While I haven’t been prepping for very long in comparison to most of you, I’d like to think I’ve learned quite a lot over the years through mistakes I’ve made with prepping. Honestly, mistakes make some of the most valuable lessons resonate with you, even when you probably knew better to begin with. I feel that getting something wrong often pushes you to be better in the long-term, and that they can ultimately be more positive than never having your plans tested. I’ve learned so many little things along the way it’s hard to imagine I’d be able to write about every mistake and every lesson learned, but I will tell you that, hands down, my biggest lessons came from the experience Thomas and I had back in 2013 when the power grid went down for 5 nights and 4 days in sub-zero Canadian weather. That was not a fun experience, but thanks to friendly neighbours, the experience wasn’t even close to as bad as it could have been. What’s ironic is that the biggest lesson I learned from that entir..
Support Our Site - Click A Sponsor!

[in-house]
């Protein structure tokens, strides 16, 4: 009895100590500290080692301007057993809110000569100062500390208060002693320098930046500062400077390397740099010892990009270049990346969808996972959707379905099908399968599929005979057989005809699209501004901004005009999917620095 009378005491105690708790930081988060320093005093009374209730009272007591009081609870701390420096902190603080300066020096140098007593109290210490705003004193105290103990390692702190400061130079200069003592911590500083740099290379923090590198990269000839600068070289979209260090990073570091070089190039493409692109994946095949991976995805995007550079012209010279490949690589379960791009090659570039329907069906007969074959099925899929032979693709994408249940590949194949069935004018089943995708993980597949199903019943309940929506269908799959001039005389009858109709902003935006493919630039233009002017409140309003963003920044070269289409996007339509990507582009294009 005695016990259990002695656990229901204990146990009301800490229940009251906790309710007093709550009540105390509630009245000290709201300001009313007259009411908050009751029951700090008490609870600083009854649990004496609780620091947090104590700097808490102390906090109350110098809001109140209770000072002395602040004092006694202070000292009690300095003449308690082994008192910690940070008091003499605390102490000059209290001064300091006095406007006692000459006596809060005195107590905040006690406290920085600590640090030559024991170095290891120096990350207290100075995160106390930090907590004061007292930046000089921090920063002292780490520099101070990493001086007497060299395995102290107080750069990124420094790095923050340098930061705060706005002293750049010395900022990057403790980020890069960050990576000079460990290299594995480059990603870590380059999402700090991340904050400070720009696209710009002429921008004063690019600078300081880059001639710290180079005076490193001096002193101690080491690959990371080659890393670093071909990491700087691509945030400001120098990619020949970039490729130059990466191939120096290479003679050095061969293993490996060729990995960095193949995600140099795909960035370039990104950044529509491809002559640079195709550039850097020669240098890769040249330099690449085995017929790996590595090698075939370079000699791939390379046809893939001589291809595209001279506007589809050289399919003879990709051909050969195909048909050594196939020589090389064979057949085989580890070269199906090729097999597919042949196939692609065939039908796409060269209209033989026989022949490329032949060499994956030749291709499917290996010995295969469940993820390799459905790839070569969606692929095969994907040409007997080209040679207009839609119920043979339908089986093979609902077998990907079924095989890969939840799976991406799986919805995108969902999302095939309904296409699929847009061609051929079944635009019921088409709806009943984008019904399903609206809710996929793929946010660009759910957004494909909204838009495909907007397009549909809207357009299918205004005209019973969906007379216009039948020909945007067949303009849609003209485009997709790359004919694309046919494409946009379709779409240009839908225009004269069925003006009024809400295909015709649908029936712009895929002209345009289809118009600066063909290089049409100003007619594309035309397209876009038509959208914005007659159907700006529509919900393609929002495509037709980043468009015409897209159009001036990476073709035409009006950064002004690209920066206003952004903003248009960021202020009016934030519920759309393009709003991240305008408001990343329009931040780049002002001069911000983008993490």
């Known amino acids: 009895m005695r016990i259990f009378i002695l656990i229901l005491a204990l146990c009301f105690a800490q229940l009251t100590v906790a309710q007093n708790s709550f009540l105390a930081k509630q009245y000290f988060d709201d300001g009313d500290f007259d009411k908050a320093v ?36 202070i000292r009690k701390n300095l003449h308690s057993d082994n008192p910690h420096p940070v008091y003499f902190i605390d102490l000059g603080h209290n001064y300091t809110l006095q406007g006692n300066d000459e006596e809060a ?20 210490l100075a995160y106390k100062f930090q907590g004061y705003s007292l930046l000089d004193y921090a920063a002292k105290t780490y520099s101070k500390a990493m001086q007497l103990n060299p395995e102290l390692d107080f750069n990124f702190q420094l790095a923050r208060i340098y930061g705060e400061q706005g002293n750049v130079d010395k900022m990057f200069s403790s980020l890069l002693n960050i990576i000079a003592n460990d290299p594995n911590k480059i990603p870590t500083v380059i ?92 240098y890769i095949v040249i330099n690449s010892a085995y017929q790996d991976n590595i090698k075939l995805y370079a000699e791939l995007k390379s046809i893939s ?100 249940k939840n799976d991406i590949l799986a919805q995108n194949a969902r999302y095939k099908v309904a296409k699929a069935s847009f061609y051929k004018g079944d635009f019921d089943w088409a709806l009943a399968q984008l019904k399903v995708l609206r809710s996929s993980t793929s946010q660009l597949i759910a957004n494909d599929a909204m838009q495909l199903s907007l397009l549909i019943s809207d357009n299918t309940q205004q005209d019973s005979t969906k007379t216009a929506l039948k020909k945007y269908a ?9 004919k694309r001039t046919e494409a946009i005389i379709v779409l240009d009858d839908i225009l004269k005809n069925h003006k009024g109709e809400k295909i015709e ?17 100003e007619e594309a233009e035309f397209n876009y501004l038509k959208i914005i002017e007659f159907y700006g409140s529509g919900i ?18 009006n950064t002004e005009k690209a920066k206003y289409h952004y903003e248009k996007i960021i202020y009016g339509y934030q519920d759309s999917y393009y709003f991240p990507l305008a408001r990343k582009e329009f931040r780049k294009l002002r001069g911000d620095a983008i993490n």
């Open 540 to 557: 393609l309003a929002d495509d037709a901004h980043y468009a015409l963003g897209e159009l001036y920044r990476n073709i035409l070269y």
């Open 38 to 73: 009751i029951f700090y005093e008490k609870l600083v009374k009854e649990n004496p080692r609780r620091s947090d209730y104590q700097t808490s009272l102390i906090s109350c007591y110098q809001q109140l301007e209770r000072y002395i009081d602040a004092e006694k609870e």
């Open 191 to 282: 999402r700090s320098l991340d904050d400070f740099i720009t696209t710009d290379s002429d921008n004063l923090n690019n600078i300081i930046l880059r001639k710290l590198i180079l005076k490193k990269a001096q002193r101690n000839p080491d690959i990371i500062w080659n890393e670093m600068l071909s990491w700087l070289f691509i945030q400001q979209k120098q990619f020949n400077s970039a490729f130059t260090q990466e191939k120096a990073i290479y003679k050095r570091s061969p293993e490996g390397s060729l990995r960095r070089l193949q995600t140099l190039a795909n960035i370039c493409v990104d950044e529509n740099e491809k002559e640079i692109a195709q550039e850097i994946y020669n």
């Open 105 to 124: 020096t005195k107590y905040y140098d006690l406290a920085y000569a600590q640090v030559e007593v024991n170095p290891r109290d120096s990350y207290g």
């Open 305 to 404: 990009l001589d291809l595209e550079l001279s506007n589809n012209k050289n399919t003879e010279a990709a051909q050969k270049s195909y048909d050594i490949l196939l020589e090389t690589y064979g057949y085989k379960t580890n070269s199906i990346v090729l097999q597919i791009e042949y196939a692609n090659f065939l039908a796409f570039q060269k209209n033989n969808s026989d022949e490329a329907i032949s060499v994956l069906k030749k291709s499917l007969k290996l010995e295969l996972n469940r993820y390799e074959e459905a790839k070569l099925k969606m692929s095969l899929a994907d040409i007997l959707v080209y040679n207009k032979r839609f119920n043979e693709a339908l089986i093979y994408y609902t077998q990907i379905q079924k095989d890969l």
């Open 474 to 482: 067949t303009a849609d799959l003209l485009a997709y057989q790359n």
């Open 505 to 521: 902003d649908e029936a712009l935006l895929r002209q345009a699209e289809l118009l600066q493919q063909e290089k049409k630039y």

As some of you may know, Cape Town is running out of water. The local government has quite literally stated that in less than 100 days, they may have to turn off the taps entirely and water will be rationed out at designated outposts. Here’s the thing folks, South Africa is a relatively developed economy (by global standards) and they had plenty of time to see the coming issues. Yet everyone is talking about this like it came out of nowhere. It’s absolutely ridiculous and exemplifies why I prep. Humans are unbelievably stupid in assuming that bad stuff will never happen to them, and if it does, that the government will have a magic solution to the problem. As is obvious to you and I (and now the residents of Cape Town), the government is for the most part reactionist. When something bad happens, they react. The reason governments are reactionists is because handling a crisis well garners you far more votes than spending money preemptively to prepare for the worst. People don’t want..